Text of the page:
Co-authored by U.S. Senator Brian Schatz, Nancy Altman, President of Social Security Works and Chair of the Strengthen Social Security Coalition, and Richard Fiesta, Executive Director of the Alliance for Retired Americans
Eighty years ago, President Franklin D. Roosevelt signed the Social Security Act into law, creating a national plan to provide economic security for American workers. Since then, Social Security has proven to be the most successful anti-poverty program in our history. Each year, Social Security lifts more than 20 million Americans - including a million children - out of poverty.
Nowhere is Social Security's importance more evident than in Hawaii. More than 200,000 people - more than one in six - receive Social Security benefits. And for more than one in four Hawaii seniors, Social Security is their only source of income.
A generation ago, American workers were able to draw from their savings, employer pensions, and Social Security benefits in retirement. Today, most working households have little or no retirement assets at all and many rely entirely on Social Security. And while employer-provided pensions are becoming a thing of the past, Social Security has become the one pillar of our retirement system that continues to work well. It is a universal, guaranteed source of income that workers earn and depend on when they retire. But it is simply not enough.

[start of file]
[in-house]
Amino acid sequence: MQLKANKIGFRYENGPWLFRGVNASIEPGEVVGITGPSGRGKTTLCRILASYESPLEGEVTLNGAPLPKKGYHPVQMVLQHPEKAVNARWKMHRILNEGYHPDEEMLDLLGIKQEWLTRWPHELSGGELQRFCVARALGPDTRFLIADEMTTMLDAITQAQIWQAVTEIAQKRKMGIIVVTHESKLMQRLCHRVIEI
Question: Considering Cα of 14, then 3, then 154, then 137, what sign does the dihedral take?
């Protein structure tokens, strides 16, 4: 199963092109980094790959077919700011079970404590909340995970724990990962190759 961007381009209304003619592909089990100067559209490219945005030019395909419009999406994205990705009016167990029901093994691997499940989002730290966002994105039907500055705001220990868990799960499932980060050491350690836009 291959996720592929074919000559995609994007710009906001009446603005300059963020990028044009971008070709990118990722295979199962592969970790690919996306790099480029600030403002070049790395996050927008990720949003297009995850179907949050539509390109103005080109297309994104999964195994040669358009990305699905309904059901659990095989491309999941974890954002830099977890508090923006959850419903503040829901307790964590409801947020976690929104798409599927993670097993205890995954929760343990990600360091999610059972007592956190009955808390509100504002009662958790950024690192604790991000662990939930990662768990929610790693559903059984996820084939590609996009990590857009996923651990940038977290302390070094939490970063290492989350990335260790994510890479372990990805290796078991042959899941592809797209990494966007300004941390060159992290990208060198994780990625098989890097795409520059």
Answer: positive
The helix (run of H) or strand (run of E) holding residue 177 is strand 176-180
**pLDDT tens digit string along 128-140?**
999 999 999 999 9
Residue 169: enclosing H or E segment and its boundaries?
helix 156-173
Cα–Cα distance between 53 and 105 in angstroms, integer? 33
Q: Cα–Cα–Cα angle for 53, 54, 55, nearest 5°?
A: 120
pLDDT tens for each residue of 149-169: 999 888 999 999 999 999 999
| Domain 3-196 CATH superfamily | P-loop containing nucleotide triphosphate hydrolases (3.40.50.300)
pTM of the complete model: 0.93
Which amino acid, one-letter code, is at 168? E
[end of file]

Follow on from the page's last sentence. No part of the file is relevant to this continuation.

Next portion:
Given these facts, we need a commonsense solution to strengthen and expand Social Security. The Safeguarding American Families and Expanding Social Security Act will do just that. First, the bill changes the benefit formula to increase benefits by about $65 per month. Second, it changes the way annual cost of living adjustments are calculated so that they better reflect the real costs that seniors face today. Third, it removes the wage cap on earnings - currently $118,500 - so that payroll taxes apply fairly to every dollar of wages earned, ensuring that everyone contributes their fair share.
This proposal puts Social Security on sound long-term footing by reinvesting two-thirds of its revenue into the trust fund and extending full solvency through 2048. And it helps hardworking Americans by using one-third of the revenue to increase benefits for those who need it most.
Every family has a Social Security story - whether it's a grandmother who relies on the program's benefits to pay for groceries, a father who suffered a debilitating injury after decades of hard work and receives much needed Social Security disability benefits, or a widowed mother who relies on Social Security survivors' benefits to bring up her children. It is something families have come to rely on and the reason why we must work to safeguard it.
Following the signing of the Social Security Act 80 years ago, President Roosevelt described Social Security as a "measure of protection to the average citizen and to his family against the loss of a job and against poverty-ridden old age." Since then, every generation has worked to strengthen and expand the program to keep that promise. Now it is our turn to do the same.